Coronavirus cases accelerate after methodology changeU.S. futures wipe out Wednesday’s Wall Street record gainsDollar slips
U.S. futures, including for the Dow, S&P 500 and NASDAQ, along with European stocks, are all following Asian shares lower after a significant escalation in coronavirus infections in China was reported earlier today.
Global Financial Affairs
On Thursday, health officials in China added more than 14,840 new cases to the number of people previously reported to have come down with the illness in Hubei province alone, where the outbreak first started. Fatalities in the province rose to 1,310, including 242 new deaths.
The significant jump is the result of a change in the criteria Chinese health officials are using to diagnose the Covid-19. Consequently, a number of high-level local health officials were sacked. This comes after wide accusations that China is covering up the true impact of the outbreak.
The three main U.S futures indices have pulled back from their record hghs, and yesterday’s Wall Street gains will likely be wiped out during the U.S. session.
SPX Futures Daily
The contract on the S&P 500 Index is struggling with Tuesday’s shooting star. Traders were given an earlier warning, when trading produced a shooting star also last Thursday–all paying tribute to the Jan. 22 intraday high. When the RSI falls below the 56 level it will form a downtrend, while the lagging MACD is catching up.
Banks and mining firms pressured the STOXX Europe 600 Index into its first decline of the week.
Earlier, during the Asian session, Australia’s ASX 200 was the only regional index in the green (+0.47%), fueled by shares of the country’s third-largest bank, National Australia Bank (ASX:NAB), which jumped 1.4% to a three-month high after announcing new share sales and improving business strategy.
The entire sector received a boost, on optimism of solid financial institution earnings after yesterday, the country’s biggest bank, Commonwealth Bank Of Australia (ASX:CBA), notched a five-year high post its earnings release. Results beat expectations and management announced it plans to return capital to shareholders.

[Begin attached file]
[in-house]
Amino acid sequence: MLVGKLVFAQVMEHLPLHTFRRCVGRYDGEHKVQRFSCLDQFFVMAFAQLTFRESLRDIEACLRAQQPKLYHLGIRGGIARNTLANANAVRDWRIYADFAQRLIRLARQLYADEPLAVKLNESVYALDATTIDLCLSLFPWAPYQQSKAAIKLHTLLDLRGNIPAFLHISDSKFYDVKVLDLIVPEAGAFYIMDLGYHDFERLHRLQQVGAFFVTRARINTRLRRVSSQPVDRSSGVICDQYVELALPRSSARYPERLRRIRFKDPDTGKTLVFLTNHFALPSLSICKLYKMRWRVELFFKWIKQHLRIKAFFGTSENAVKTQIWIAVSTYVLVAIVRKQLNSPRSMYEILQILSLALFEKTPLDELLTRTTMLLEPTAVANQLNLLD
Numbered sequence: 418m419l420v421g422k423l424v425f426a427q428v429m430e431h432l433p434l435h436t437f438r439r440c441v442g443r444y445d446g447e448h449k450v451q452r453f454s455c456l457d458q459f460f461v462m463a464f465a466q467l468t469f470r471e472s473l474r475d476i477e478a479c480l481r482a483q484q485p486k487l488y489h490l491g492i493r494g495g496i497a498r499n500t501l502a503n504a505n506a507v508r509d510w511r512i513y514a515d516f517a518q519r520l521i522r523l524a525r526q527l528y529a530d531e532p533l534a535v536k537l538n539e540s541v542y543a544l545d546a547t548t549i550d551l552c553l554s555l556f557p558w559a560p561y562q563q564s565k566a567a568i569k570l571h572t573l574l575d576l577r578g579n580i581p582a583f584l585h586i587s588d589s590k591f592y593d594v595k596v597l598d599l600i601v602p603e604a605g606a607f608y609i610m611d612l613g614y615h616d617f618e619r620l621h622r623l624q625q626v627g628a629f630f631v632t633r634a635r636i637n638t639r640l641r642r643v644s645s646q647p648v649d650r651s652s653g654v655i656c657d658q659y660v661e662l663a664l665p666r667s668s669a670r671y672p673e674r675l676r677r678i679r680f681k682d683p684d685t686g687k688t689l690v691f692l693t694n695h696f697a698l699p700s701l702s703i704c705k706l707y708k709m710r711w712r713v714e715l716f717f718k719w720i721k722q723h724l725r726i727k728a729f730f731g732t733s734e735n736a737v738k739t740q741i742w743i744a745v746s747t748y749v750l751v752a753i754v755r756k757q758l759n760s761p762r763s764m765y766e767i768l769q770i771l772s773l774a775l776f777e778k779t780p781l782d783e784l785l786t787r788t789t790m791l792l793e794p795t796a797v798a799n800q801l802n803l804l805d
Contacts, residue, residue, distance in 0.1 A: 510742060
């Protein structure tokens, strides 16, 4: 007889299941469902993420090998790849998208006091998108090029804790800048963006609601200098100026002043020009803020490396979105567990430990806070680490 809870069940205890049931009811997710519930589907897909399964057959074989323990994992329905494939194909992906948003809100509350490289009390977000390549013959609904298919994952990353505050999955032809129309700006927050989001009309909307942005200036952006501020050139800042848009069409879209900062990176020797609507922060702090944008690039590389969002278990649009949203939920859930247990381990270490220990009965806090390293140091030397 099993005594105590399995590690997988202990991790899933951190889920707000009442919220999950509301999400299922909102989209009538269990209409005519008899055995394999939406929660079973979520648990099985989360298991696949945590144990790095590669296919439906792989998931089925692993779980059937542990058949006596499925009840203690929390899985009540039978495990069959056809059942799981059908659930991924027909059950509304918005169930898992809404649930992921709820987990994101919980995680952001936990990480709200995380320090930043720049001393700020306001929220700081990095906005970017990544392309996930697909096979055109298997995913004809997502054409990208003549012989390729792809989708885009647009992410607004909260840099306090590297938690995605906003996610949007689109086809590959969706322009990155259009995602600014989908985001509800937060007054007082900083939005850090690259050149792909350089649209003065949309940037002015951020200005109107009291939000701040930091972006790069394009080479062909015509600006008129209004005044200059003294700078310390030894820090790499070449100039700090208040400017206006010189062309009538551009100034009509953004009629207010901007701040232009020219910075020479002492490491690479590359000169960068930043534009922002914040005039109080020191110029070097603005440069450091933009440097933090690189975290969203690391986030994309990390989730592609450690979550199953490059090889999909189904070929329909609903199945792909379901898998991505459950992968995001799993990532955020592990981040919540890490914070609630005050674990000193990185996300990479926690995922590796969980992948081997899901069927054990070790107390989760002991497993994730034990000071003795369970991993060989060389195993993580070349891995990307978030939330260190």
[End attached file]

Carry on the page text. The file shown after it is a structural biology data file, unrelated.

No surprise, China’s Shanghai Composite underperformed, (-0.71%), though not significantly in our opinion, relative to the gloomy news. Presumably, faith in the country’s ongoing stimulus efforts is keeping demand in place. Hong Kong’s Hang Seng was down 0.34%.
Yesterday, however, Wall Street celebrated, on the belief that the viral outbreak was slowing. All three major indices–the Dow Jones, S&P 500 and NASDAQ Composite–each hit new records, on optimism the economy would now pick itself up, dust itself off and move past the global epidemic. Yesterday’s data such as Singapore retail sales and eurozone industrial production all showed a slowdown, ramifications of the viral outbreak.
UST 10-Y Daily
Yields, including for the U.S. 10-year Treasury, dropped the most since Friday. They headed toward the end of a flag whose downside breakout would suggest another leg down in the current downtrend.
The dollar pared half of yesterday’s gains.
Both the MACD and RSI are now oversold. Indeed, the latter indicator may be topping out. The USD is also producing its third consecutive shooting star.
Gold jumped to its highest level since Jan. 31, as it nears the top of a symmetrical triangle, bullish within the uptrend.
- Earnings season continues with reports due from Alibaba (NYSE:BABA) and American International Group (NYSE:AIG), which just might surprise.
- On Thursday, U.S. Core CPI will be released. It’s forecast to have increased to 0.2% in January.
- Futures on the S&P 500 Index declined 0.5%.
- The Stoxx Europe 600 Index dipped 0.5%.
- The MSCI Asia Pacific Index decreased 0.1%.
- The MSCI Emerging Markets Index dipped 0.2%.
The Dollar Index declined 0.1%.The euro increased 0.1% to $1.088.The British pound advanced 0.1% to $1.2978.The onshore yuan declined 0.1% to 6.979 per dollar.The Japanese yen increased 0.3% to 109.75 per dollar.
- The yield on 10-year Treasuries fell five basis points to 1.58%.
- The yield on 2-year Treasuries fell four basis points to 1.41%.
- Germany’s 10-year yield dipped two basis points to -0.40%.
- Britain’s 10-year yield declined three basis points to 0.585%.
- Japan’s 10-year yield was unchanged at -0.034%.